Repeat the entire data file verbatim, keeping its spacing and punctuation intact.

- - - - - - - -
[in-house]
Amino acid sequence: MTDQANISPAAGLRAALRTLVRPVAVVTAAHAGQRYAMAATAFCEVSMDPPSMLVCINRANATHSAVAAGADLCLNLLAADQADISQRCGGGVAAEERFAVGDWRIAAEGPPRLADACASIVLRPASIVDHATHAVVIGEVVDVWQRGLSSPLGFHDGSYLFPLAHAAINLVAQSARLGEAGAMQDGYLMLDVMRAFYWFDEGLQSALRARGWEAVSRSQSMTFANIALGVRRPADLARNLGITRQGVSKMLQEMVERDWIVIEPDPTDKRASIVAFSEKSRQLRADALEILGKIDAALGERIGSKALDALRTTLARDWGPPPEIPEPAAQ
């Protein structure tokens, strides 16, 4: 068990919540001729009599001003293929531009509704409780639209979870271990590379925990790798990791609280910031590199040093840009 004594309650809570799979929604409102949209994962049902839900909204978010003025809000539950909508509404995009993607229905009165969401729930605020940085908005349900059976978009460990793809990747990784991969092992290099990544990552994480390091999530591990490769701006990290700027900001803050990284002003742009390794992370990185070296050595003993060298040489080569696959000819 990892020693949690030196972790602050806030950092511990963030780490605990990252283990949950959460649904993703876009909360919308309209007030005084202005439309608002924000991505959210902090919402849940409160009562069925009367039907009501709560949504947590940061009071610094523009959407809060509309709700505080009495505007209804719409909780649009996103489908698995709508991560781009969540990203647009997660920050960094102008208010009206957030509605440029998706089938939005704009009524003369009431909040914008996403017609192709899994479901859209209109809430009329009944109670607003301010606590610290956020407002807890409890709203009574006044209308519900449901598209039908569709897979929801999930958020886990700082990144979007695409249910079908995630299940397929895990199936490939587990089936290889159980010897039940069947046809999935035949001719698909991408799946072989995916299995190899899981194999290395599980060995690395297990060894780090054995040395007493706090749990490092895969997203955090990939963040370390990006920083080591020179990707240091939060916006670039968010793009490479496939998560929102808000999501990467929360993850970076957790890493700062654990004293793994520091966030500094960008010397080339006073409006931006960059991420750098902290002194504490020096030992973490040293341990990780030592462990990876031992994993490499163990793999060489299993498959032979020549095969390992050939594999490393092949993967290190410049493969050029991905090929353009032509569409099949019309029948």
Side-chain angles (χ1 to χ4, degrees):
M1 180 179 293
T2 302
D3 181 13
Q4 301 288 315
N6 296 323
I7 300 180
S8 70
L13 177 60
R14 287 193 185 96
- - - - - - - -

[in-house]
Amino acid sequence: MTDQANISPAAGLRAALRTLVRPVAVVTAAHAGQRYAMAATAFCEVSMDPPSMLVCINRANATHSAVAAGADLCLNLLAADQADISQRCGGGVAAEERFAVGDWRIAAEGPPRLADACASIVLRPASIVDHATHAVVIGEVVDVWQRGLSSPLGFHDGSYLFPLAHAAINLVAQSARLGEAGAMQDGYLMLDVMRAFYWFDEGLQSALRARGWEAVSRSQSMTFANIALGVRRPADLARNLGITRQGVSKMLQEMVERDWIVIEPDPTDKRASIVAFSEKSRQLRADALEILGKIDAALGERIGSKALDALRTTLARDWGPPPEIPEPAAQ
């Protein structure tokens, strides 16, 4: 068990919540001729009599001003293929531009509704409780639209979870271990590379925990790798990791609280910031590199040093840009 004594309650809570799979929604409102949209994962049902839900909204978010003025809000539950909508509404995009993607229905009165969401729930605020940085908005349900059976978009460990793809990747990784991969092992290099990544990552994480390091999530591990490769701006990290700027900001803050990284002003742009390794992370990185070296050595003993060298040489080569696959000819 990892020693949690030196972790602050806030950092511990963030780490605990990252283990949950959460649904993703876009909360919308309209007030005084202005439309608002924000991505959210902090919402849940409160009562069925009367039907009501709560949504947590940061009071610094523009959407809060509309709700505080009495505007209804719409909780649009996103489908698995709508991560781009969540990203647009997660920050960094102008208010009206957030509605440029998706089938939005704009009524003369009431909040914008996403017609192709899994479901859209209109809430009329009944109670607003301010606590610290956020407002807890409890709203009574006044209308519900449901598209039908569709897979929801999930958020886990700082990144979007695409249910079908995630299940397929895990199936490939587990089936290889159980010897039940069947046809999935035949001719698909991408799946072989995916299995190899899981194999290395599980060995690395297990060894780090054995040395007493706090749990490092895969997203955090990939963040370390990006920083080591020179990707240091939060916006670039968010793009490479496939998560929102808000999501990467929360993850970076957790890493700062654990004293793994520091966030500094960008010397080339006073409006931006960059991420750098902290002194504490020096030992973490040293341990990780030592462990990876031992994993490499163990793999060489299993498959032979020549095969390992050939594999490393092949993967290190410049493969050029991905090929353009032509569409099949019309029948």
Side-chain angles (χ1 to χ4, degrees):
M1 180 179 293
T2 302
D3 181 13
Q4 301 288 315
N6 296 323
I7 300 180
S8 70
L13 177 60
R14 287 193 185 96